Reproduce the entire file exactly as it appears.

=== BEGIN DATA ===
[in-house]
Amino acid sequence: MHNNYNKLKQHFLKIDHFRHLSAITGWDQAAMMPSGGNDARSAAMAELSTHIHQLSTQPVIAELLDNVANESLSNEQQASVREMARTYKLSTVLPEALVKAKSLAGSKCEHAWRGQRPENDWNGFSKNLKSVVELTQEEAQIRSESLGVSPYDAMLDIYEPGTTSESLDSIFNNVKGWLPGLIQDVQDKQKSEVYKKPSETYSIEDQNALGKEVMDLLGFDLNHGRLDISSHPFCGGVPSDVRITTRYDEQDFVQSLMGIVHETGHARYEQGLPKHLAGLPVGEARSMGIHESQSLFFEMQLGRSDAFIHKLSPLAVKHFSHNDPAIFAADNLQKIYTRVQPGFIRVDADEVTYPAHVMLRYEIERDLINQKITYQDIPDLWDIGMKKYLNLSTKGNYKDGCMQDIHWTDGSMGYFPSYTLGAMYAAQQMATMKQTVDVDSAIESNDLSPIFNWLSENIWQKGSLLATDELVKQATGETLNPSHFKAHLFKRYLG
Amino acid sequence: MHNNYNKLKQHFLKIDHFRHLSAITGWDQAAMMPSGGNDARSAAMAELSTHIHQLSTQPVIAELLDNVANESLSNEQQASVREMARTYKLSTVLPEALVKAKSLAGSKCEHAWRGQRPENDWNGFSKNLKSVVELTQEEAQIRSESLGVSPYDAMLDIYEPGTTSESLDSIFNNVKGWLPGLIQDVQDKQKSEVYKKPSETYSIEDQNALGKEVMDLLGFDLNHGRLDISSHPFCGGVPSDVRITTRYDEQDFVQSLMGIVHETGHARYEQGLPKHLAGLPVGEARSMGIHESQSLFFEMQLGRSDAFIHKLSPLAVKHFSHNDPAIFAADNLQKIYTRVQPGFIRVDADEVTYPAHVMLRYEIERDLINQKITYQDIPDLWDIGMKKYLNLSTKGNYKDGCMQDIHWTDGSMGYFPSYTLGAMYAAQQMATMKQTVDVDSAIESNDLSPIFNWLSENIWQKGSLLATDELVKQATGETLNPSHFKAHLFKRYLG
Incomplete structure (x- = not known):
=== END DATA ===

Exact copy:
[in-house]
Amino acid sequence: MHNNYNKLKQHFLKIDHFRHLSAITGWDQAAMMPSGGNDARSAAMAELSTHIHQLSTQPVIAELLDNVANESLSNEQQASVREMARTYKLSTVLPEALVKAKSLAGSKCEHAWRGQRPENDWNGFSKNLKSVVELTQEEAQIRSESLGVSPYDAMLDIYEPGTTSESLDSIFNNVKGWLPGLIQDVQDKQKSEVYKKPSETYSIEDQNALGKEVMDLLGFDLNHGRLDISSHPFCGGVPSDVRITTRYDEQDFVQSLMGIVHETGHARYEQGLPKHLAGLPVGEARSMGIHESQSLFFEMQLGRSDAFIHKLSPLAVKHFSHNDPAIFAADNLQKIYTRVQPGFIRVDADEVTYPAHVMLRYEIERDLINQKITYQDIPDLWDIGMKKYLNLSTKGNYKDGCMQDIHWTDGSMGYFPSYTLGAMYAAQQMATMKQTVDVDSAIESNDLSPIFNWLSENIWQKGSLLATDELVKQATGETLNPSHFKAHLFKRYLG
Amino acid sequence: MHNNYNKLKQHFLKIDHFRHLSAITGWDQAAMMPSGGNDARSAAMAELSTHIHQLSTQPVIAELLDNVANESLSNEQQASVREMARTYKLSTVLPEALVKAKSLAGSKCEHAWRGQRPENDWNGFSKNLKSVVELTQEEAQIRSESLGVSPYDAMLDIYEPGTTSESLDSIFNNVKGWLPGLIQDVQDKQKSEVYKKPSETYSIEDQNALGKEVMDLLGFDLNHGRLDISSHPFCGGVPSDVRITTRYDEQDFVQSLMGIVHETGHARYEQGLPKHLAGLPVGEARSMGIHESQSLFFEMQLGRSDAFIHKLSPLAVKHFSHNDPAIFAADNLQKIYTRVQPGFIRVDADEVTYPAHVMLRYEIERDLINQKITYQDIPDLWDIGMKKYLNLSTKGNYKDGCMQDIHWTDGSMGYFPSYTLGAMYAAQQMATMKQTVDVDSAIESNDLSPIFNWLSENIWQKGSLLATDELVKQATGETLNPSHFKAHLFKRYLG
Incomplete structure (x- = not known):